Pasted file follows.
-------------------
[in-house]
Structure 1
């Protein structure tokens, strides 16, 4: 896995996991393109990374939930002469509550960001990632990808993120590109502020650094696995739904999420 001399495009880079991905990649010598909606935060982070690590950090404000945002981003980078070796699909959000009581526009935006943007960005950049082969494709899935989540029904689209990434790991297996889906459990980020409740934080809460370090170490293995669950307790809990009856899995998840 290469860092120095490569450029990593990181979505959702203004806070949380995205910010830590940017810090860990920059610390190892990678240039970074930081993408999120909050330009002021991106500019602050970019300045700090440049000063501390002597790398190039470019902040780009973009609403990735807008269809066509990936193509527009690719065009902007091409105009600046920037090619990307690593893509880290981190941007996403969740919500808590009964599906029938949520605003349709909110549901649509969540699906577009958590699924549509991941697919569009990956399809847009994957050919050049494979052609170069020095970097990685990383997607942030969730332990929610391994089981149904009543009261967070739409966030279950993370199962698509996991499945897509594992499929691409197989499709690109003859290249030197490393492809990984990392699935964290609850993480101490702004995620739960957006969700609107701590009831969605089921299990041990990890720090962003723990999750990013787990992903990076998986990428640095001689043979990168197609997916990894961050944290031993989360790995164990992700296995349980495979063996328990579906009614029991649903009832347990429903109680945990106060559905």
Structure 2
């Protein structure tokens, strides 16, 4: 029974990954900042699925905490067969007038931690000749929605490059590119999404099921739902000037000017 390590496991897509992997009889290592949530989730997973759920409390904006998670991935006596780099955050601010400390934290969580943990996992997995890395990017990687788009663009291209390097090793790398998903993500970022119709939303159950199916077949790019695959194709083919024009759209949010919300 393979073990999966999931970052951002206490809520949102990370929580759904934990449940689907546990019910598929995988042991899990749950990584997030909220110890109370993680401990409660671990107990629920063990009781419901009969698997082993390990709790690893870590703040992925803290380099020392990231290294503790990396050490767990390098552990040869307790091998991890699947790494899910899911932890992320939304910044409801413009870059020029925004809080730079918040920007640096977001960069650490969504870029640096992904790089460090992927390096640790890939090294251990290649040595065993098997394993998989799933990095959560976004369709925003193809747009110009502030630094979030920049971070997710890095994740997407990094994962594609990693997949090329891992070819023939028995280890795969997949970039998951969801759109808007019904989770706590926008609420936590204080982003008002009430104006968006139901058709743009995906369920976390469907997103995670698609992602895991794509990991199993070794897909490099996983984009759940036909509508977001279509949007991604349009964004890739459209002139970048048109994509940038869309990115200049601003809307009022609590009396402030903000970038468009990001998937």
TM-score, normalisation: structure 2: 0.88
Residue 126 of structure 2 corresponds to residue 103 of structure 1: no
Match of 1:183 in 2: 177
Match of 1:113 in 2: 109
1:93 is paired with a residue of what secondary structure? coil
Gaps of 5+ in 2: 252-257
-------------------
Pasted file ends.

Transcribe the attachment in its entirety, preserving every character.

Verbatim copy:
[in-house]
Structure 1
């Protein structure tokens, strides 16, 4: 896995996991393109990374939930002469509550960001990632990808993120590109502020650094696995739904999420 001399495009880079991905990649010598909606935060982070690590950090404000945002981003980078070796699909959000009581526009935006943007960005950049082969494709899935989540029904689209990434790991297996889906459990980020409740934080809460370090170490293995669950307790809990009856899995998840 290469860092120095490569450029990593990181979505959702203004806070949380995205910010830590940017810090860990920059610390190892990678240039970074930081993408999120909050330009002021991106500019602050970019300045700090440049000063501390002597790398190039470019902040780009973009609403990735807008269809066509990936193509527009690719065009902007091409105009600046920037090619990307690593893509880290981190941007996403969740919500808590009964599906029938949520605003349709909110549901649509969540699906577009958590699924549509991941697919569009990956399809847009994957050919050049494979052609170069020095970097990685990383997607942030969730332990929610391994089981149904009543009261967070739409966030279950993370199962698509996991499945897509594992499929691409197989499709690109003859290249030197490393492809990984990392699935964290609850993480101490702004995620739960957006969700609107701590009831969605089921299990041990990890720090962003723990999750990013787990992903990076998986990428640095001689043979990168197609997916990894961050944290031993989360790995164990992700296995349980495979063996328990579906009614029991649903009832347990429903109680945990106060559905």
Structure 2
């Protein structure tokens, strides 16, 4: 029974990954900042699925905490067969007038931690000749929605490059590119999404099921739902000037000017 390590496991897509992997009889290592949530989730997973759920409390904006998670991935006596780099955050601010400390934290969580943990996992997995890395990017990687788009663009291209390097090793790398998903993500970022119709939303159950199916077949790019695959194709083919024009759209949010919300 393979073990999966999931970052951002206490809520949102990370929580759904934990449940689907546990019910598929995988042991899990749950990584997030909220110890109370993680401990409660671990107990629920063990009781419901009969698997082993390990709790690893870590703040992925803290380099020392990231290294503790990396050490767990390098552990040869307790091998991890699947790494899910899911932890992320939304910044409801413009870059020029925004809080730079918040920007640096977001960069650490969504870029640096992904790089460090992927390096640790890939090294251990290649040595065993098997394993998989799933990095959560976004369709925003193809747009110009502030630094979030920049971070997710890095994740997407990094994962594609990693997949090329891992070819023939028995280890795969997949970039998951969801759109808007019904989770706590926008609420936590204080982003008002009430104006968006139901058709743009995906369920976390469907997103995670698609992602895991794509990991199993070794897909490099996983984009759940036909509508977001279509949007991604349009964004890739459209002139970048048109994509940038869309990115200049601003809307009022609590009396402030903000970038468009990001998937």
TM-score, normalisation: structure 2: 0.88
Residue 126 of structure 2 corresponds to residue 103 of structure 1: no
Match of 1:183 in 2: 177
Match of 1:113 in 2: 109
1:93 is paired with a residue of what secondary structure? coil
Gaps of 5+ in 2: 252-257